- Payouts as fast as 24 hours. If you file a covered claim through Aflac's "smartclaim" process, you can receive a payout in as little as one day.
- Domain expertise. Other companies sell supplemental insurance. But Aflac may be the only big insurance company that has supplemental coverage as its primary focus. I don't know how this benefits you concretely. But I'd almost always rather buy from a company that specializes in a certain product than one that sells it as a throw-in, especially if I have questions.
- Group insurance. One of the main benefits of any type of insurance you get through your employer is that it allows for more evenly distributed rates. Those who are older or who have pre-existing conditions may pay exorbitant rates or might not have access to coverage at all if they were to apply individually.
- Can lessen the financial blow in negative situations. If you get hurt or sick and incur expenses not covered by your primary health insurance, you may get a timely, helpful payout from Aflac. It's important to have an emergency fund for these types of situations, but if you don't, a payment from Aflac could help you out during a stressful time.
Aflac Review: Where It Falls Short
Here are some of Aflac’s negatives:
- Products may not be needed. There's a good chance you don't need any of Aflac's insurance policies, especially if you have good health, life and disability insurance policies. According to Clark, supplemental insurance is "not a rip-off and it's not a scam. But it's such a low priority that you've got to have everything else already in place in your life before you would buy a narrow form of insurance."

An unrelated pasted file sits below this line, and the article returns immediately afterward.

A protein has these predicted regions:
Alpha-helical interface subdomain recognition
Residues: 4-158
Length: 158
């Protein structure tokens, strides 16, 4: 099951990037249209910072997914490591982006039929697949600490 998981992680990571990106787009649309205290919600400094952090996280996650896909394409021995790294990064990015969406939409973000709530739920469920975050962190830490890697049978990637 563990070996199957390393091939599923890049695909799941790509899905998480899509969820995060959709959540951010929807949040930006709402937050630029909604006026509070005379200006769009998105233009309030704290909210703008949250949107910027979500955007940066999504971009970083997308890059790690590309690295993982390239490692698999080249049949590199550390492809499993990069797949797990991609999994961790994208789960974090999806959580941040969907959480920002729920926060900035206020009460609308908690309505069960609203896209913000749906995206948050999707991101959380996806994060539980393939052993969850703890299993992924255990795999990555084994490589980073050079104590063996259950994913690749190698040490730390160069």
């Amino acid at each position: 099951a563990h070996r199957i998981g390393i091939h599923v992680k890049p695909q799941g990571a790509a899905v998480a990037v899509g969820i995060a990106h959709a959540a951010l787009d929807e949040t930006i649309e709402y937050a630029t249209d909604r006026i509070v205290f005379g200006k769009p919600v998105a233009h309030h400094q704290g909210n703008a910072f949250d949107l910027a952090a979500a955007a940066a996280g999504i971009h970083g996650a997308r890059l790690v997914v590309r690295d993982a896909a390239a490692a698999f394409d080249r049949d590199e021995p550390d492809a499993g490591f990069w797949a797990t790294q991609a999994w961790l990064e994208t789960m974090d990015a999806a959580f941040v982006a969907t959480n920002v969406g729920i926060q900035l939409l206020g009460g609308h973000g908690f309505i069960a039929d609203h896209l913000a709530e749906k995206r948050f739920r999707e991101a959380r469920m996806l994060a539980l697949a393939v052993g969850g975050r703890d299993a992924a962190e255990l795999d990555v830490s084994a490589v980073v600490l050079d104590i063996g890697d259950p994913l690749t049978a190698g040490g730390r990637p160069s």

- Annoying sales tactics for individuals. If you request a quote directly through Aflac's website, make sure to pay attention to the fine print. It says that by clicking "submit," you agree to receive auto-dialed calls and texts from Aflac, independent contractors associated with Aflac and at least three specific companies "working at Aflac's request" — which, presumably, is to convert you into a paying customer. Also, you can't find any price details on Aflac's website.
- Less than ideal complaint score. The National Association of Insurance Commissioners keeps track of official complaints filed against insurance companies. Aflac scored 1.01 on the NAIC scale, meaning that its customers issued formal complaints at a slightly higher rate than expected. It's worth noting that almost all of the best term life insurance companies score less than 0.2.
There’s nothing inherently wrong with buying Aflac insurance or buying supplemental life insurance in general.
Just remember that it should be a very low priority. You should make sure that you’ve got appropriate health, life and disability insurance before even considering supplemental insurance.
It’s also crucial that you understand what you’re purchasing if you elect to purchase supplemental insurance. For example, critical illness insurance may cover only two or three specific illnesses.